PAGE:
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Bone Marrow-Derived Macrophage Contributes to Fibrosing Steatohepatitis Through Activating Hepatic Stellate Cells

43 Pages Posted: 6 Aug 2018

See all articles by Juqiang Han

Juqiang Han

The Chinese University of Hong Kong (CUHK) - Institute of Digestive Disease

Xiang Zhang

The Chinese University of Hong Kong (CUHK) - Institute of Digestive Disease

Jennie Ka-Ching Lau

The Chinese University of Hong Kong (CUHK) - SHHO College

Weiqi Xu

The Chinese University of Hong Kong (CUHK) - Institute of Digestive Disease

Eagle SH Chu

The Chinese University of Hong Kong (CUHK) - Institute of Digestive Disease

Huiyao Lan

The Chinese University of Hong Kong (CUHK) - Department of Anatomical and Cellular Pathology

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Abstract

Background & Aims: The role of macrophages in fibrosing steatohepatitis is largely unclear. We characterized the origin and molecular mechanisms of macrophages and its targeted therapy in fibrosing steatohepatitis.   Methods: Fibrosing steatohepatitis was established in Alms1 mutant (foz/foz) and C57BL/6 wildtype mice fed high-fat/high-cholesterol (HFHC) or methionine-and choline-deficient (MCD) diet. Bone marrow transplantation (BMT) was performed to track the macrophage origin in fibrosing steatohepatitis. Macrophages were depleted by liposomal clodronate. Primary macrophages were isolated from bone marrow for adoptive transfer into mice. Results: Macrophage infiltration is significantly induced in two mouse models of fibrosing steatohepatitis and human NASH-fibrosis patients. Bone marrow-derived macrophages (BMMs) contribute to the hepatic macrophage accumulation in experimental fibrosing steatohepatitis. Hepatic BMMs depletion by liposomal clodronate significantly attenuated fibrosing steatohepatitis. This effect was associated with reduced hepatic stellate cell (HSC) activation, collagen deposition and hepatic expression of key pro-fibrotic factors (TIMP1, TIMP2 and TGFβ1) and endoplasmic reticulum (ER) stress markers (GRP78, IRE1α and PDI). Conversely, adoptive transfer of BMMs significantly aggravated fibrosing steatohepatitis. Moreover, macrophage conditioned medium directly promoted the phenotypic transition of primary quiescent HSCs to activated HSCs; enhanced activation and proliferation (P<0.01) but decreased apoptosis (P<0.001) of HSC cell lines (LX-2 and HSC-T6). The effect of BMMs in promoting fibrosing steatohepatitis was mediated by inducing key pro-fibrosis factors and signaling pathways including cytokine/chemokine, TGF-β, and complement cascade by cDNA expression array. Complement 3a receptor (C3aR1) was a predominant effector of macrophage mediated fibrosing steatohepatitis. Knockout C3aR1 in mice blunted the development of fibrosing steatohepatitis.     Conclusions: Macrophages recruited from bone marrow promote the progression of fibrosing steatohepatitis through directly activating HSCs. BMMs targeted therapy is a promising approach for fibrosing steatohepatitis. Funding: The project was supported by the RGC-GRF Hong Kong (14106415, 14111216, 14163817); Science and Technology Program Grant Shenzhen (JCYJ20170413161534162); Vice-Chancellor's Discretionary Fund CUHK; Shenzhen Virtual University Park Support Scheme to CUHK Shenzhen Research Institute; CUHK Direct grant. The human liver specimens were provided by Prof. Vincent WS Wong in the Prince of Wales Hospital, the Chinese University of Hong Kong and Prof. Kwan Man in the Queen Mary Hospital, University of Hong Kong, Hong Kong. Competing interests: All authors declare that they have no competing interests. Ethics Approval Statement: All subjects were given written informed consent prior to sample collection and the study protocol was approved by the Clinical Research Ethics Committee of the Chinese University of Hong Kong.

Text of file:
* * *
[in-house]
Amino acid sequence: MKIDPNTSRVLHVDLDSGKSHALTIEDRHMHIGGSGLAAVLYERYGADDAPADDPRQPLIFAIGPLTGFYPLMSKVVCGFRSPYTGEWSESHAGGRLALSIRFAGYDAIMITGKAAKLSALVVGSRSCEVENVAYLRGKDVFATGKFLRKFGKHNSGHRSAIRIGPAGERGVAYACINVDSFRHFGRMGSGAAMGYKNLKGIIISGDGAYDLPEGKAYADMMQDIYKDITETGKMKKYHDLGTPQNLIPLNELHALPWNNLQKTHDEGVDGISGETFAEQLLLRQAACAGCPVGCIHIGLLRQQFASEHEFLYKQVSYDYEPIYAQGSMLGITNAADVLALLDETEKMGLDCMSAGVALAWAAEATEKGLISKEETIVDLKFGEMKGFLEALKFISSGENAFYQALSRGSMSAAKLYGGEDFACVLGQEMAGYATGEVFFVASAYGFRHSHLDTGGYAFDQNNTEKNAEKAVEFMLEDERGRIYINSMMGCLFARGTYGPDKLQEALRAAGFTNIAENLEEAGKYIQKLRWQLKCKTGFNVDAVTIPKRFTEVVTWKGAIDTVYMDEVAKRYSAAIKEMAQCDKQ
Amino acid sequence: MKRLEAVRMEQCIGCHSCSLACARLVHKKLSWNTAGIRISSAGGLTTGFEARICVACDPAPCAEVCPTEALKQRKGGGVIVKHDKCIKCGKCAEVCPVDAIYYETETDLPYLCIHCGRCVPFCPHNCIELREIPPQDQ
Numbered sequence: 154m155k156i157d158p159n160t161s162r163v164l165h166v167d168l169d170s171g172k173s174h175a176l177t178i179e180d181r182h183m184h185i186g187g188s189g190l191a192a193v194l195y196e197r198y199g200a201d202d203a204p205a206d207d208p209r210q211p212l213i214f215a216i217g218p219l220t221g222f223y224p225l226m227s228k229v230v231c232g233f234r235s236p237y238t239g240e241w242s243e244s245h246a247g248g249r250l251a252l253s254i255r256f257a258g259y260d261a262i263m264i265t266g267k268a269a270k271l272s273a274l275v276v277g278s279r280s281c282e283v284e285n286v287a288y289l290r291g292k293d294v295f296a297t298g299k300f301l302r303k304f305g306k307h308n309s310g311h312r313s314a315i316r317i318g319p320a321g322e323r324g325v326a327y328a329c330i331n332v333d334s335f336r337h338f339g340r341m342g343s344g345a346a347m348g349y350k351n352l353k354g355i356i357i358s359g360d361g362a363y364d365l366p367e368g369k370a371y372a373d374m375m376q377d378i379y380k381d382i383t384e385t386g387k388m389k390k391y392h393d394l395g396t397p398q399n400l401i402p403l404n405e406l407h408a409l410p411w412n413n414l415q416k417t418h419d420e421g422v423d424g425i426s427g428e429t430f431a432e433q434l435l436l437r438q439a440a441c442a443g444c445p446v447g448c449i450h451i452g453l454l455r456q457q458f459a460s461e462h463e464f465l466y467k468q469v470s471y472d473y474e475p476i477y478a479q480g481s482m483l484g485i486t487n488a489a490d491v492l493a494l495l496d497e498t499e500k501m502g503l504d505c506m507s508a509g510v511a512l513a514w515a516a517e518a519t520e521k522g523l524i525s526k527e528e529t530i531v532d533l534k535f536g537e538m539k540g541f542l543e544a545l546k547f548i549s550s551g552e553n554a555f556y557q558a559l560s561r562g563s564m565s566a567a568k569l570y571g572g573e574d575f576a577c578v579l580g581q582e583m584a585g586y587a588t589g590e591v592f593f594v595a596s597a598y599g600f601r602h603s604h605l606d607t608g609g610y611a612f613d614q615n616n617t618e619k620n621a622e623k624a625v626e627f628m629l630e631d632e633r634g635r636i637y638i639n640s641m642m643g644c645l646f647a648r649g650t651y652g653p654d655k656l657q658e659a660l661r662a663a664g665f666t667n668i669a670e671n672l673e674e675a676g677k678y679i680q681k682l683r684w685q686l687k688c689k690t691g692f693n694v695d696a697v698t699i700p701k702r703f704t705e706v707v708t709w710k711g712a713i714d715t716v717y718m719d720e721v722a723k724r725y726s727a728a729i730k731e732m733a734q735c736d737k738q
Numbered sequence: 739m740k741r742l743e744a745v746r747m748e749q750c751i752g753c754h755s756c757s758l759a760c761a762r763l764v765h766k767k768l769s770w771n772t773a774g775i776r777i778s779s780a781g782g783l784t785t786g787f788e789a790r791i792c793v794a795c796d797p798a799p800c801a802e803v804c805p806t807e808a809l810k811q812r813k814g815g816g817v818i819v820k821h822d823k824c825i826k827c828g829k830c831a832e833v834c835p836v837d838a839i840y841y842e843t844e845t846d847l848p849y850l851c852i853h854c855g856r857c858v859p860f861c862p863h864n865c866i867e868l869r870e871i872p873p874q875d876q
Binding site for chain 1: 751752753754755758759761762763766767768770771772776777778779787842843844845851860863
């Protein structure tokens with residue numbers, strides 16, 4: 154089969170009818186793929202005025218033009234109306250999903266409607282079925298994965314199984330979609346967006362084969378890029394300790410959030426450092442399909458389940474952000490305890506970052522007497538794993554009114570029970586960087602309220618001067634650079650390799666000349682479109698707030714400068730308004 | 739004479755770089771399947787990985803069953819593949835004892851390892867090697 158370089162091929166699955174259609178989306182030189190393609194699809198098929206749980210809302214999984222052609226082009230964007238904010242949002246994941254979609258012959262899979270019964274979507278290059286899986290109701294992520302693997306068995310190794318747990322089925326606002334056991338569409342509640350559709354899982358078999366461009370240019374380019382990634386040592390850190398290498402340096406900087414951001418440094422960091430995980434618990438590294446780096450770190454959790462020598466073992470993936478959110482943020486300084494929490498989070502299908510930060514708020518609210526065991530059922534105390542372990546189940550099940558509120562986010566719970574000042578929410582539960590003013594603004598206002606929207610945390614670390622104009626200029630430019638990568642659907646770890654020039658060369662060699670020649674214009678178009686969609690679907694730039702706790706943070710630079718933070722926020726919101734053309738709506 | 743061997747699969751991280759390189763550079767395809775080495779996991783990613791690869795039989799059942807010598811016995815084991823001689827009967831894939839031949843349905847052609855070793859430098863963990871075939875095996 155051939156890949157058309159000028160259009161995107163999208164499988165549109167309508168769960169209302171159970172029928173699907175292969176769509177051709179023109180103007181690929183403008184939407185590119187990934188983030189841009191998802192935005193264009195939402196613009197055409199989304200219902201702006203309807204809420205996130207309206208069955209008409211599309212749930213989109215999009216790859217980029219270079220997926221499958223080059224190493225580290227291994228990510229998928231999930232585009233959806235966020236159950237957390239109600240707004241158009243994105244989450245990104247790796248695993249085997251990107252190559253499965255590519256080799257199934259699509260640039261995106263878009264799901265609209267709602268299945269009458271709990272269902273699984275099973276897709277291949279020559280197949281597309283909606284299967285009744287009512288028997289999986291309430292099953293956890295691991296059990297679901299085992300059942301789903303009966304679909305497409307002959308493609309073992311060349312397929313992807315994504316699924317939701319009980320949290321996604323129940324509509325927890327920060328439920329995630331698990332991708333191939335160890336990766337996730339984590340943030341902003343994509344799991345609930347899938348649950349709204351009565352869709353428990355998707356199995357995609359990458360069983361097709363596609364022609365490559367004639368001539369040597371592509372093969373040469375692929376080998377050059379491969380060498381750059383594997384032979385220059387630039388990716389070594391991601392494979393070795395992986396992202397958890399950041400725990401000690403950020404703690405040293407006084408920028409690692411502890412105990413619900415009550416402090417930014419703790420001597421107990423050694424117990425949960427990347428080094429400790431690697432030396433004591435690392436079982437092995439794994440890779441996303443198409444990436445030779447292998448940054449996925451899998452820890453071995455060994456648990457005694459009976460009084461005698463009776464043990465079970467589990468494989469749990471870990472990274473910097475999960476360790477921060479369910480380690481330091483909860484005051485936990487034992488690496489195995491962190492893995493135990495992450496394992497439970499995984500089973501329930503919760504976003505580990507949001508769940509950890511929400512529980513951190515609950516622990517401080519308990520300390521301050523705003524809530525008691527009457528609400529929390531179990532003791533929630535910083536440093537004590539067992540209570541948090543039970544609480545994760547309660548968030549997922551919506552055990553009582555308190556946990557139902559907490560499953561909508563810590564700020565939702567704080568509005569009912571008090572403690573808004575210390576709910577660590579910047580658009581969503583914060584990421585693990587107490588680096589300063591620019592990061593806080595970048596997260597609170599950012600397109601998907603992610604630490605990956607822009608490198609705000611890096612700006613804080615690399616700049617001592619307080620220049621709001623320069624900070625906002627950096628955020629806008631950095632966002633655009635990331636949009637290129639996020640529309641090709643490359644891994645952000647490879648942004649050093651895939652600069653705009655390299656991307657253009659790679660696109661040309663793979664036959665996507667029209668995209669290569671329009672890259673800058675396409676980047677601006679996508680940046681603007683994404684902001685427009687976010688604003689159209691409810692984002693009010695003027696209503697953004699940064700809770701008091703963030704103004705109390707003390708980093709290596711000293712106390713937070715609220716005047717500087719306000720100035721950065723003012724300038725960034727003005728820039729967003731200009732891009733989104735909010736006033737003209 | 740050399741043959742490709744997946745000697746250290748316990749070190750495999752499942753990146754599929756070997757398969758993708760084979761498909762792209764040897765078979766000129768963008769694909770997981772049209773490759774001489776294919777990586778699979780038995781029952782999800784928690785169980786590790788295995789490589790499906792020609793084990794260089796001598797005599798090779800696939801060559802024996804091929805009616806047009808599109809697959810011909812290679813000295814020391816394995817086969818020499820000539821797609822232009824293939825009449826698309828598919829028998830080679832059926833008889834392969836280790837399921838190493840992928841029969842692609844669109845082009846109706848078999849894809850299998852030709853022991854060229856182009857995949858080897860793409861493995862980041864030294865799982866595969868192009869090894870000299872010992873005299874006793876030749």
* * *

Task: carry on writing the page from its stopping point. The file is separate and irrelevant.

Keywords: Bone marrow-derived monocytes; nutritional fibrosis; hepatic stellate cells; C3aR1; target therapy

Suggested Citation

Han, Juqiang and Zhang, Xiang and Lau, Jennie Ka-Ching and Xu, Weiqi and Chu, Eagle SH and Lan, Huiyao, Bone Marrow-Derived Macrophage Contributes to Fibrosing Steatohepatitis Through Activating Hepatic Stellate Cells (July 21, 2018). Available at SSRN: https://ssrn.com/abstract=3218694

Juqiang Han

The Chinese University of Hong Kong (CUHK) - Institute of Digestive Disease

Shatin, N.T.
Hong Kong
Hong Kong

Xiang Zhang

The Chinese University of Hong Kong (CUHK) - Institute of Digestive Disease

Shatin, N.T.
Hong Kong
Hong Kong

Jennie Ka-Ching Lau

The Chinese University of Hong Kong (CUHK) - SHHO College

Shatin, N.T.
Hong Kong
Hong Kong

Weiqi Xu

The Chinese University of Hong Kong (CUHK) - Institute of Digestive Disease

Shatin, N.T.
Hong Kong
Hong Kong

Eagle SH Chu

The Chinese University of Hong Kong (CUHK) - Institute of Digestive Disease

Shatin, N.T.
Hong Kong
Hong Kong

Huiyao Lan (Contact Author)

The Chinese University of Hong Kong (CUHK) - Department of Anatomical and Cellular Pathology

Shatin, N.T.
Hong Kong
Hong Kong

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